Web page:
Intelligent overhead line monitoring

Six Smart Navigator 2.0 Intelligent overhead line monitoring devices attached to and monitor lines in the Coromandel region.

We’re installing smart technology on our overhead power lines to get customers’ power back on quicker if there’s a fault.

In a six-year, $8.75 million investment, smart devices called remote Line Fault Indicators (LFIs) are being installed on overhead power lines throughout our electricity network.

The ‘Smart Navigator 2.0’ devices clip on to the lines between power poles and are a step towards digitalising our electricity network, with the aim of speeding up fault response for our customers.

So far, more than 300 of the devices have been installed on particularly fault-prone locations throughout the network.

The first remote LFIs – seven sets – were installed on the Cambridge Road feeder. This is a long rural feeder with a history of poor performance.

How they work

Attached to the line near the crossarm, the device measures the power line’s current, voltage and temperature, on average, every 15 minutes. If there’s a fault on a section of line, the device will flash a light indicating the direction of the fault. They then use the 4G communications network to report back to our Network Operations Centre (NOC).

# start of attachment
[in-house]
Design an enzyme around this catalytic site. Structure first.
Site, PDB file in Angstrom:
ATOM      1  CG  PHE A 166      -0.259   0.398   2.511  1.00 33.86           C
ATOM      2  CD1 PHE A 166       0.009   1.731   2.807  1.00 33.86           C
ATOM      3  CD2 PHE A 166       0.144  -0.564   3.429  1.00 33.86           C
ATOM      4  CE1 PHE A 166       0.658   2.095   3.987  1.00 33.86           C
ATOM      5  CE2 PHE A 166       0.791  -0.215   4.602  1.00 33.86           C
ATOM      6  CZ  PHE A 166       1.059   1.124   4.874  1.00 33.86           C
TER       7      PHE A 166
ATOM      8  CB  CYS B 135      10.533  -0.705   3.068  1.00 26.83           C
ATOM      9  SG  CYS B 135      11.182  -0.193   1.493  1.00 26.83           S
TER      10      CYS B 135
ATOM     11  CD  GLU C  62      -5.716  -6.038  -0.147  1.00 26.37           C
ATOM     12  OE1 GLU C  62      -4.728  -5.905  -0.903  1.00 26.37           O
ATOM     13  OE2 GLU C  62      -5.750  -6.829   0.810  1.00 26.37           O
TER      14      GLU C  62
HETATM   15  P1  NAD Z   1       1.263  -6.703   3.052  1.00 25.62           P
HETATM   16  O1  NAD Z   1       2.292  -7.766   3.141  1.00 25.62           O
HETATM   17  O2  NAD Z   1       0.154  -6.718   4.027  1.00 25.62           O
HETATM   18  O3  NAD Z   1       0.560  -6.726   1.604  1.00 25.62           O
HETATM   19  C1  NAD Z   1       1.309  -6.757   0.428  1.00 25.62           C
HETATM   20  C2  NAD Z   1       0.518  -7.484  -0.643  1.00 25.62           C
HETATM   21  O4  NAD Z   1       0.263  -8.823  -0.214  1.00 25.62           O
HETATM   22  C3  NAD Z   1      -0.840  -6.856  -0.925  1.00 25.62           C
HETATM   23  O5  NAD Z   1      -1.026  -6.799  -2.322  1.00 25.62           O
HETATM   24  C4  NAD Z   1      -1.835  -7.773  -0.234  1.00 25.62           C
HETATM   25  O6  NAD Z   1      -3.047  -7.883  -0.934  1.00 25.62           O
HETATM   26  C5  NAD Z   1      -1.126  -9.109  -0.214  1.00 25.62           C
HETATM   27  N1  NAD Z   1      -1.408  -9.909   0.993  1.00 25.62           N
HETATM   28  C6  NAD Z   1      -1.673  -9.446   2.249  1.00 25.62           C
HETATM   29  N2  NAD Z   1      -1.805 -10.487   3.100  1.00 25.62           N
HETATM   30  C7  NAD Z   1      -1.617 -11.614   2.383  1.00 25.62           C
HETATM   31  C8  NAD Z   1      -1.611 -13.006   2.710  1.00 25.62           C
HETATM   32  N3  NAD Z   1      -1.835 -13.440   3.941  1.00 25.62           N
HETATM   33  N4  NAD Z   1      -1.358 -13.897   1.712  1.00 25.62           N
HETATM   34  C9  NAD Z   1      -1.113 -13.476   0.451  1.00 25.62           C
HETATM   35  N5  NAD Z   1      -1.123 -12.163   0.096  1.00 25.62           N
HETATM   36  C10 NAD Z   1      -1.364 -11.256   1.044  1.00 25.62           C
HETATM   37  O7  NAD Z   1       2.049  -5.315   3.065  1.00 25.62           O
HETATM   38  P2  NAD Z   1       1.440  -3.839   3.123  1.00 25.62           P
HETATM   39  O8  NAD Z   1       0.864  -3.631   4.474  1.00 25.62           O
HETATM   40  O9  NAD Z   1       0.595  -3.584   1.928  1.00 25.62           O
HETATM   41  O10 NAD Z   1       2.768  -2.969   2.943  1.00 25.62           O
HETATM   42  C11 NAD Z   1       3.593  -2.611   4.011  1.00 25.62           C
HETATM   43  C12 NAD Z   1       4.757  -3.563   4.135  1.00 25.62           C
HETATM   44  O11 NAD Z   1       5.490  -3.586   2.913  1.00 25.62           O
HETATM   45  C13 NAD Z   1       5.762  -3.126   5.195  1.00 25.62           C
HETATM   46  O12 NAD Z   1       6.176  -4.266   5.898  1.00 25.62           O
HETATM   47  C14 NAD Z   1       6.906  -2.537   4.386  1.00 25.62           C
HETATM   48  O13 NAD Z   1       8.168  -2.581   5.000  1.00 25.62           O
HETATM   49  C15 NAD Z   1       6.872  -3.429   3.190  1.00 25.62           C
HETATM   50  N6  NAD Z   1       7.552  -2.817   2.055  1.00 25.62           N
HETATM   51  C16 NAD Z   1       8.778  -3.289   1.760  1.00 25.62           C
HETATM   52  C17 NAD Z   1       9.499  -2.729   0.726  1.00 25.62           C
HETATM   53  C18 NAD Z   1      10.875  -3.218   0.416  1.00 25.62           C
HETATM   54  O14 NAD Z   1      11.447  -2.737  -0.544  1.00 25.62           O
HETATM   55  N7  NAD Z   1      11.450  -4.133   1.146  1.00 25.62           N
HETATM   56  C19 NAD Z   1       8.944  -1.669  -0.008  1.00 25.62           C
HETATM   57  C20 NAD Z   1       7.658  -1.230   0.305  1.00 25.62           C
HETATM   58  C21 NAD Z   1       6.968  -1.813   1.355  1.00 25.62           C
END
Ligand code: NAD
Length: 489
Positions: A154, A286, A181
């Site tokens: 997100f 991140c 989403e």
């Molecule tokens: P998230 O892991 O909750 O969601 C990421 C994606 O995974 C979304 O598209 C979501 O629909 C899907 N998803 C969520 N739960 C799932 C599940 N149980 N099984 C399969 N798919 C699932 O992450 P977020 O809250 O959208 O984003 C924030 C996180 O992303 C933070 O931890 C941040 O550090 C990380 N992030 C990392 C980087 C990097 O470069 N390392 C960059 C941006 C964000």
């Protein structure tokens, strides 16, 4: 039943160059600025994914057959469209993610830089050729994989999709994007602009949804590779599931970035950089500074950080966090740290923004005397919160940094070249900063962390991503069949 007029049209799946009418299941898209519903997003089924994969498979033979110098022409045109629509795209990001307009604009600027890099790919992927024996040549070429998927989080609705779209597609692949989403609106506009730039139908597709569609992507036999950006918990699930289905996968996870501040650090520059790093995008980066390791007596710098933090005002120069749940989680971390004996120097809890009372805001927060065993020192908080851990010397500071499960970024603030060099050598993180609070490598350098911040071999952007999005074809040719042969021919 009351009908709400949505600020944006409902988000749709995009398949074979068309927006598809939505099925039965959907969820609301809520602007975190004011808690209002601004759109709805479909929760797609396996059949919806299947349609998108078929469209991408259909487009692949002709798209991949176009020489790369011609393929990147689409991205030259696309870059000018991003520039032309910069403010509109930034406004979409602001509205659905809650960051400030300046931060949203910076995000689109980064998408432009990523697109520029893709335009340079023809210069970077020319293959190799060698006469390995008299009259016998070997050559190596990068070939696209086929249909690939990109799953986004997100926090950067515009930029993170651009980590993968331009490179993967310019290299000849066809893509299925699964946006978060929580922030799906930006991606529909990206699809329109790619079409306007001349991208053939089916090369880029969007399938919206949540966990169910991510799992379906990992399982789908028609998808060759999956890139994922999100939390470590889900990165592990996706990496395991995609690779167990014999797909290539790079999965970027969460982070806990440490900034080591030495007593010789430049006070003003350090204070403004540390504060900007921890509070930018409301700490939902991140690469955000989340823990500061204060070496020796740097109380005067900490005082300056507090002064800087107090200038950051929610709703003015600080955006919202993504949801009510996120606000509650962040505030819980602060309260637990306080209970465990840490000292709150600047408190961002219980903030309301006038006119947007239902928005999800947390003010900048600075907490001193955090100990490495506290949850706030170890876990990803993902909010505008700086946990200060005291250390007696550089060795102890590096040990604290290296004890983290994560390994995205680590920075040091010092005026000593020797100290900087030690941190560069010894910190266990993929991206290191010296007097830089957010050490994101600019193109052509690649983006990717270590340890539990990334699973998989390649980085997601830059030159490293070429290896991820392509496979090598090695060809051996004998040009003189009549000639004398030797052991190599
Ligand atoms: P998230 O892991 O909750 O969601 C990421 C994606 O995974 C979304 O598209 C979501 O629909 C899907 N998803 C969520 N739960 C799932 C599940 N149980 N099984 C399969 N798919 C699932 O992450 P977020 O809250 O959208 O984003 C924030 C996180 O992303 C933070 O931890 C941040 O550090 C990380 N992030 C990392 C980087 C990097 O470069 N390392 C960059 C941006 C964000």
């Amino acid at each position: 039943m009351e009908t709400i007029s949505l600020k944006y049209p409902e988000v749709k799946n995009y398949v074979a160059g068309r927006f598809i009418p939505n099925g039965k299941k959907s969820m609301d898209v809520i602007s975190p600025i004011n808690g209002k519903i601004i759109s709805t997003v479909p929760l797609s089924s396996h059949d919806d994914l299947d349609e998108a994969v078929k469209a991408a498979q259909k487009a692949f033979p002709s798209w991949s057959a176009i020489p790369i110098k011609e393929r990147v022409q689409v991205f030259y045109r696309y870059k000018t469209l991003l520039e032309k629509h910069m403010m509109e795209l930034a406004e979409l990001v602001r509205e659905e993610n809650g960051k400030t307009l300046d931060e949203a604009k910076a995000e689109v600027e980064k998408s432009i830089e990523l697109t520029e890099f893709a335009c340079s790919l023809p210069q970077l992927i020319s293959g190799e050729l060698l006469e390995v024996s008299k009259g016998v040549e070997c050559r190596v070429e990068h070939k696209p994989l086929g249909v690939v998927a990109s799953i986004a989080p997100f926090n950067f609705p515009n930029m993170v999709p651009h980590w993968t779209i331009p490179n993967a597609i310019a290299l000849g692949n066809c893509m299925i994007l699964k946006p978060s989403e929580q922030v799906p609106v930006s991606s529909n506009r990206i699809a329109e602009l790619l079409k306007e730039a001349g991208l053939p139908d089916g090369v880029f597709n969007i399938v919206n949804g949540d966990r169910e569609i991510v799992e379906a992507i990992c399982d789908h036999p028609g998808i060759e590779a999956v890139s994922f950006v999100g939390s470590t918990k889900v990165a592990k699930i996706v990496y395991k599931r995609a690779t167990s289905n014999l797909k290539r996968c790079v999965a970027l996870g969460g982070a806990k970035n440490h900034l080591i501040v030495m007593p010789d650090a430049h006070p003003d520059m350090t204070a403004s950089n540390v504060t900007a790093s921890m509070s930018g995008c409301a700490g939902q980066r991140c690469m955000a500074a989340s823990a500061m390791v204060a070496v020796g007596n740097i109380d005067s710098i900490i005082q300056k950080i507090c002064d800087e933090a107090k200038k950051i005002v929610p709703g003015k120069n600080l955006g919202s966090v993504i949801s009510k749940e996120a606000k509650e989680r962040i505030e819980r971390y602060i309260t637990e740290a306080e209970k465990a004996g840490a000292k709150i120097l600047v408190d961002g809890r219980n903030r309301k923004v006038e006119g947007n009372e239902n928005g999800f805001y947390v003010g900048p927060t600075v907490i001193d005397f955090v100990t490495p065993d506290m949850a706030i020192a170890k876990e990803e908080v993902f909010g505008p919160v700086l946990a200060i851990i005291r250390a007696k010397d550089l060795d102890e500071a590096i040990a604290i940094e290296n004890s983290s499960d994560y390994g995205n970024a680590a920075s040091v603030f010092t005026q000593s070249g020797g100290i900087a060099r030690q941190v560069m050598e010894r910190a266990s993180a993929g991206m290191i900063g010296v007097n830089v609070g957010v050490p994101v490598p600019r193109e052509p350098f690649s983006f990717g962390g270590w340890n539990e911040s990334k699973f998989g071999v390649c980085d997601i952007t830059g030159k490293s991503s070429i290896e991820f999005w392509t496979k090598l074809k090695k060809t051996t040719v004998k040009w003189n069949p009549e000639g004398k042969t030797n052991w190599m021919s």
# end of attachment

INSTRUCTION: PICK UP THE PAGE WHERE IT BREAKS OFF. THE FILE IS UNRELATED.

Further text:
“These LFIs provide additional visibility in real time of what is happening on the network. Those in the control room can see where the fault is, so instead of sending a crew to patrol the whole feeder to find the fault, which could take several hours, we can quickly pinpoint the area of the feeder that is affected, isolate the fault, and get customers reconnected," General Manager Electricity Karen Frew says.

LFIs are a part of a wider rollout of automation technology, designed to reduce the impact of unplanned power outages on customers. It includes increasing the remote control of switching points on the network, to be able to get the power back on sooner.

The remote Line Fault Indicators currently only work through the 4G communications network, which can be patchy outside populated towns and cities.

We're awaiting the LoRaWAN (Long Range Wide Area Network) network, which will give us more communication options for more rural, isolated areas.

The data provided by the devices that can be monitored via 4G will, however, provide valuable data for our Network Development Team.

The evaluation of the data will allow us to better understand what's happening on the network and what conclusions we need to draw, for example, for further network expansion.

A Line Fault Indicator.

Above: A Line Fault Indicator, the same as those being installed on Powerco's overhead electricity lines (pictured at top on lines in the Coromandel region). 

 

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